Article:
Risk Update

Client Conflicts — Prospective Client Interview Risk, Departing Lawyer Client Poaching Fines Not Fine

When to Hang Up the Phone—Hazards of Talking to Prospective Clients” —

  • “Casual phone inquiries from people seeking an attorney to represent them can sometimes lead to troublesome claims of conflicts of interest. Arthur D. Burger, chair of Jackson & Campbell’s professional responsibility practice group, discusses steps lawyers can take to minimize the likelihood of such claims.”
  • “The casual nature of such inquiries can leave lawyers and their firms vulnerable to being blind-sided by subsequent claims of conflicts of interest that fall outside the firm’s usual mechanisms for screening.”
  • “Should I Listen to the Whole Voicemail Message?… So, for example, if a lawyer is in a firm that defends hospitals and doctors in medical malpractice cases the lawyer should be wary of messages from callers seeking representation in bringing such claims. If the lawyer receives a voicemail of this nature, they should stop listening to the message, delete it and need not return the call. Under these circumstances, the caller cannot credibly assert a conflict of interest if that lawyer’s firm ends up defending the caller’s suit.”
  • “One measure used by some firms is to require lawyers to conduct a preliminary review of potential conflicts before initiating a substantive conversation with a prospective client. This could be done by checking the firm’s data base of current and former clients to rule out the likelihood that the new matter will create a conflict of interest.”
  • “Another measure firms may consider is having the names of former prospective clients entered into the firm’s data base so they will be accessed in the firm’s routine screening of conflicts.”
  • “Notwithstanding the limits on the protections for prospective clients with respect to conflicts of interest, lawyers should remain mindful that their duty of confidentiality and the protection of the attorney-client privilege are the same as those for their former clients. The application of the attorney-client privilege is an inherent feature of the status of prospective clients.”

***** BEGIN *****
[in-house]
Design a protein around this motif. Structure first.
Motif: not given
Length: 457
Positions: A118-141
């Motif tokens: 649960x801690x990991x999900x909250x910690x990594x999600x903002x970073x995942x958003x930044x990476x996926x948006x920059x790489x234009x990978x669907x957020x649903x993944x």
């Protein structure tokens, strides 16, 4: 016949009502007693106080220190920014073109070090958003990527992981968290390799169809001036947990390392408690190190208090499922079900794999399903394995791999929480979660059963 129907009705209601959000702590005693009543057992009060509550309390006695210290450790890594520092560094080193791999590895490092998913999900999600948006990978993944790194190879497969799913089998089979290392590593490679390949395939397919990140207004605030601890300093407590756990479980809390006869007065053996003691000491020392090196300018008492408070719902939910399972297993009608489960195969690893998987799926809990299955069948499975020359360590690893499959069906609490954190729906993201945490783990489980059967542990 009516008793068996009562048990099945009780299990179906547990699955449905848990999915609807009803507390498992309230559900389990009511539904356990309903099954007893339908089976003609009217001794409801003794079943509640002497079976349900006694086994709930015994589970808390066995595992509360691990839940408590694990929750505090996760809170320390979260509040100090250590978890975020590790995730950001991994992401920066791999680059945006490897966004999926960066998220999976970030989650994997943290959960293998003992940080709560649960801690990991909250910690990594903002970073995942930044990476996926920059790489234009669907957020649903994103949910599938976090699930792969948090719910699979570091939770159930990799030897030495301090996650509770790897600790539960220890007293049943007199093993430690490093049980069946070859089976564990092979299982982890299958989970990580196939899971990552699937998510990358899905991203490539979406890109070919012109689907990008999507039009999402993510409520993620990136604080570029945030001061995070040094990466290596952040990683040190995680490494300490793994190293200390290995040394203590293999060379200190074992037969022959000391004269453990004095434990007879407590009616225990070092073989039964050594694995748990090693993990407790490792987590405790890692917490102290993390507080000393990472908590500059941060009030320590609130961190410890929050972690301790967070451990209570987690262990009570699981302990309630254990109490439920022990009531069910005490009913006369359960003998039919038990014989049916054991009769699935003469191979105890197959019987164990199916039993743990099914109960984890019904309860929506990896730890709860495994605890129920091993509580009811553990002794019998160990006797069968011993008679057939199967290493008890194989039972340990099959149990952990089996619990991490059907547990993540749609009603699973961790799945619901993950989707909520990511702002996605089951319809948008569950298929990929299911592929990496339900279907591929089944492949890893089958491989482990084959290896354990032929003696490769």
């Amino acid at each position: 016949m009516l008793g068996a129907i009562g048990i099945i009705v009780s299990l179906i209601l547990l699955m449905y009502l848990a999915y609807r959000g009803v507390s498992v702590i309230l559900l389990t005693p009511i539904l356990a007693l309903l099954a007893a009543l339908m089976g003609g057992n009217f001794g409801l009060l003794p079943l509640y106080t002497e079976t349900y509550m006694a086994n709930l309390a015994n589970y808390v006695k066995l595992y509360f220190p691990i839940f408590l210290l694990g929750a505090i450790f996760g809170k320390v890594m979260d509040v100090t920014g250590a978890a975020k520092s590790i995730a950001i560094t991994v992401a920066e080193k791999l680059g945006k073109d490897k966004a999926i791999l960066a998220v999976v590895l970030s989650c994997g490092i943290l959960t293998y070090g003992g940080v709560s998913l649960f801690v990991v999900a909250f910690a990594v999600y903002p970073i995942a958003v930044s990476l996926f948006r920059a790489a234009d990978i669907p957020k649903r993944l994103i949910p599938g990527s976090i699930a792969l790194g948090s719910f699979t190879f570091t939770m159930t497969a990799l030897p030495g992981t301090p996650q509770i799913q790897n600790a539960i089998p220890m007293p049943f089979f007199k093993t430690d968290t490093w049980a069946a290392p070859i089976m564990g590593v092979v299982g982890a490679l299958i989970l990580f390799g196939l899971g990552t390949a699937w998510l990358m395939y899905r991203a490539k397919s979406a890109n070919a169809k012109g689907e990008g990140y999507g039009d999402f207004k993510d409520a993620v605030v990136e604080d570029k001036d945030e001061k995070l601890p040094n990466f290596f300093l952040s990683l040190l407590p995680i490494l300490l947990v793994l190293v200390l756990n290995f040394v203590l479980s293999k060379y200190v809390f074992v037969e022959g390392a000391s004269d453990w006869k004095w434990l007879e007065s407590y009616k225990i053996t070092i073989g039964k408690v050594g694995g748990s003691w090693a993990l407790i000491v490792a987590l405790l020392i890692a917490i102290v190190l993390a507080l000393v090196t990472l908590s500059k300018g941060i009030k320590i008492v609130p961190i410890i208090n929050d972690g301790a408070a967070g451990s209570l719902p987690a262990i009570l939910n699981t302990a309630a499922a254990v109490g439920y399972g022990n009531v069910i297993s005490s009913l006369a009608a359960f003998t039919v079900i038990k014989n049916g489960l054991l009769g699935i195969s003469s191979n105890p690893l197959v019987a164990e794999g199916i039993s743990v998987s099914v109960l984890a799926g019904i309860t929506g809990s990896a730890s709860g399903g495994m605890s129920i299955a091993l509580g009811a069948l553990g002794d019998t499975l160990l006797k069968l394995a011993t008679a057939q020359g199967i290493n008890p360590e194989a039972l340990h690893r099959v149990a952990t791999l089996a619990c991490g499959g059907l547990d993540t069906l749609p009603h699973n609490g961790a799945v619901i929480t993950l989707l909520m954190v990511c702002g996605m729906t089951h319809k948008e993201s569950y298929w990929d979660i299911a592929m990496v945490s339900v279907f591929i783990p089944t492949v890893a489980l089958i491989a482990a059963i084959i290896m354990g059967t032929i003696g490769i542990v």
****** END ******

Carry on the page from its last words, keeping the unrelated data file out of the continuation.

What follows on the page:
Appeals court voids firm fee imposed on departing lawyers who take clients with them” —

  • “The Colorado Court of Appeals has addressed two issues of first impression that relate to law firm agreements that aim to prevent departing attorneys from taking clients with them.”
  • “In its April 28 opinion, the appeals court held that an agreement imposing a fee on a departing attorney for each client who leaves with them may violate Colorado Rule of Professional Conduct 5.6(a), which prohibits agreements that restrict ‘the right of a lawyer to practice,’ if it is unreasonable under the circumstances. The appeals court also said contractual provisions that violate this rule are necessarily void as against public policy.”
  • “The case arose after associate attorney Grant Bursek resigned from the Denver office of Modern Family Law in September 2019. The firm requested that Bursek pay $1,052 for each of the 18 clients who left with him per the terms of a reimbursement agreement that he signed earlier that year.”
  • “When Bursek refused, Modern Family Law filed a complaint asserting a breach of contract claim and a claim that a separate confidentiality and nondisclosure agreement was enforceable against Bursek. A district court found that the $1,052-per-client fee violated Rule 5.6(a), and that the agreement was unenforceable. However, the district court agreed that the second agreement was enforceable and entered judgment in favor of the law firm on that claim.”
  • “The appeals court said while the firm’s agreement claimed that the purpose of the fee was to recoup marketing costs, it did not explain why the fee represented a fair estimate of costs for each client. The court noted that the fee was imposed even on clients Bursek brought to the firm without the assistance of marketing.”
  • “While the appeals court also held that a contractual provision that violates Rule 5.6(a) is necessarily void, it said a violation of the rule will not void a contract in its entirety. It reversed the portion of the district court’s order that declared Modern Family Law’s entire agreement unenforceable.”